Nexus One First Impressions

About two weeks ago I managed to score a Nexus One. Having been an iPhone user now through 3 iterations, I was curious to see what Android was like and whether or not it would kill my iPhone love.
I started playing with my Nexus One without a SIM card. I just turned on WIFI because I was most curious about the app and operating system experience; I assumed that calling would be about the same as another mobile phone, which would probably mean that was better than my crappy AT&T iPhone experience.
Although I did not perform an exhaustive use of the phone, I did form some pretty quick impressions that I’d thought I’d share:
1. Their app store didn’t connect when I tried to buy something while connected through WIFI. My expectations through 3G would have been much less as connectivity could have hampered a purchase, but through WIFI it shouldn’t have had a problem. On my iPhone, I’ve purchased many things and it has never failed to connect.
2. Surfing through their app store, it is clearly early and the amount of apps available here is growing but nowhere near the breadth of Apple’s app store. Until their app store catches up, this is going to be a huge hinderance in my adopting the Nexus One.
3. I couldn’t figure out how to sync with anything on my Mac. IPhone shines here of course being an Apple product.
4. All Google related services were very nicely integrated. But annoyingly like the mail app on the iPhone, they don’t cache messages. This is something I hate from the iPhone and they haven’t fixed it here. This is also something I loved about my old Treo 680 where I could download and hold cached email and read/access it offline.
5. The Nexus One touch screen doesn’t seem as responsive as the iPhone. Many times I have to multi-hit an icon to get it to respond. This is annoying.
6. As far as the UI is concerned, I don’t see anything that stands out so much that would make it more or less usable. It is elegant in its own way, and I think that while the differences are a bit disconcerting now due to my unfamiliarity with it, I think that I would get used to the small differences between the iPhone and Android and be OK with it.
This is not like Windows and OS X where the differences and issues are so glaring despite the similarities that I find myself constantly wondering why Windows sucks and OS X is just better.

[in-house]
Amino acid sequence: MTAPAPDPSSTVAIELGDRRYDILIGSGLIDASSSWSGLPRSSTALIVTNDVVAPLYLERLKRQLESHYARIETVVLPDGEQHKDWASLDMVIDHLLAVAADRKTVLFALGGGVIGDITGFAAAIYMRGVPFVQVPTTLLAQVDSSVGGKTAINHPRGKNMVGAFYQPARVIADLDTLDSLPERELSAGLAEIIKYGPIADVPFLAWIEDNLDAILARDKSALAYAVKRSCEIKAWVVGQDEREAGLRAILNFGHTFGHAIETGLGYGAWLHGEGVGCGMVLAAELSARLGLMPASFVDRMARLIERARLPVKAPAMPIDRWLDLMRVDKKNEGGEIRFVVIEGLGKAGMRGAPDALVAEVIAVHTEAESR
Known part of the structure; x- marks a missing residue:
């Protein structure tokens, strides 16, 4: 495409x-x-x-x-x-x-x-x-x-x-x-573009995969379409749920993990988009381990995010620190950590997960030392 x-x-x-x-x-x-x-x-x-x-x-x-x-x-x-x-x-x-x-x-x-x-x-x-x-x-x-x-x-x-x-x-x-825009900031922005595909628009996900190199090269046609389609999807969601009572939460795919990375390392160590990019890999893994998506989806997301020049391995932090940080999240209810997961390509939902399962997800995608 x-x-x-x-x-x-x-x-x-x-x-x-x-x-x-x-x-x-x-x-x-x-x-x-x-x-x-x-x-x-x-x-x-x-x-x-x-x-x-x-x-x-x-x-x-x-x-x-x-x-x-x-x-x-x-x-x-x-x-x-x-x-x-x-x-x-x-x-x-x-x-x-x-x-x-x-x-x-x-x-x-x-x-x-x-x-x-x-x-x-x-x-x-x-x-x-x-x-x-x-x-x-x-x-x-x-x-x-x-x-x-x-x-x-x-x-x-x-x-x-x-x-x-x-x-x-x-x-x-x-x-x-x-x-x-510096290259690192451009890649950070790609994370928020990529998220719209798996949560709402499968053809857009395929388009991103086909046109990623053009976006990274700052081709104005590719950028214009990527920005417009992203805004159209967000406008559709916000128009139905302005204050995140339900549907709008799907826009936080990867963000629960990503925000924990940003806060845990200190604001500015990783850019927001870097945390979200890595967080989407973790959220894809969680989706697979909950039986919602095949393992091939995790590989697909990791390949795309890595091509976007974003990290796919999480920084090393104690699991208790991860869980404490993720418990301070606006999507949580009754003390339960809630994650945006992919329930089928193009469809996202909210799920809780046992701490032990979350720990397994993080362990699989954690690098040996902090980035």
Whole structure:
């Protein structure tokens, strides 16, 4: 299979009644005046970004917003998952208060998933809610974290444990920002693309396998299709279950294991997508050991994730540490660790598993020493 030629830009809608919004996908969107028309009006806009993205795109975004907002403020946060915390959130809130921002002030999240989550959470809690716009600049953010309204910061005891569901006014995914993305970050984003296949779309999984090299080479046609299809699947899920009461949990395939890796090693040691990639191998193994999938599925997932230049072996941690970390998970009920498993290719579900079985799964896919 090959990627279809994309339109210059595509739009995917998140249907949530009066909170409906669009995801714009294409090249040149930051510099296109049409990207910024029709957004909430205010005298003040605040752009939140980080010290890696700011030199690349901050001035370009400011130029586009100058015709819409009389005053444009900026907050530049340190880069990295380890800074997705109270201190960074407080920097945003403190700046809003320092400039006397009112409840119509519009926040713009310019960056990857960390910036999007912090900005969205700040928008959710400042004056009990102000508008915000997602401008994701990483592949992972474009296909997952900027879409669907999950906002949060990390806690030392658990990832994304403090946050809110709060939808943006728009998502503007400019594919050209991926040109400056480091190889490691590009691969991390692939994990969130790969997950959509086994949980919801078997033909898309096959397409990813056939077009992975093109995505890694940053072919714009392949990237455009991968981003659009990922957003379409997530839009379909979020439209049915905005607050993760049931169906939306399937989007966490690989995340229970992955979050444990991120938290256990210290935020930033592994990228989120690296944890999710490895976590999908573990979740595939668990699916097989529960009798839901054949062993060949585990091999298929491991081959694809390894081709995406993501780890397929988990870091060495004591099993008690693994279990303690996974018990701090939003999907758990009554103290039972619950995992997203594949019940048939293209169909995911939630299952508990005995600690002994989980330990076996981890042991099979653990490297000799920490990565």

The back button is pretty cool though. Sometimes I wish the iPhone had one.
However, I think my biggest issues are the lack of integration with a desktop platform and the brand value of owning Apple.
The iPhone’s easy integration with my Mac and OS X is of tremendous value to me. I remember spending an incredible amount of time figuring out how to sync my Treo 680 to whatever I was using. It sort of worked eventually, but it also just seemed very Borg-like and not an elegant integration. I suppose if I lived completely in the cloud, maybe Android might be OK. But, being a stodgy old timer in the computing space, I don’t trust the cloud and like backing up to my desktop, which is further backed up elsewhere.
The other big thing is brand value. It’s about owning a device that is beautiful and calls attention to not only it, but me also. Apple has done an amazing job creating products that are not only usable and useful, but beautiful and objects of desire. Somehow the Nexus One just falls short in this area in a big way. I don’t feel brand connected to anything with this device. Should I be connected to Google in that way? But Google doesn’t have that kind of brand that Apple has, which is fashionable, sexy, techie but easy and elegant to use. Google is pure tech and geek to me, which is fine but I think getting geek and high fashion is better.
I expect the Nexus One and their app store to catch up to the iPhone in many ways, but the brand value is something that Apple owns and that Steve Jobs and his team have done an amazing job of cultivating, and is one that unfortunately I can’t see Google matching in the same way, assuming they even want to.
In the world of feature parity for any kind of product, what else is left to compete on? Style and brand.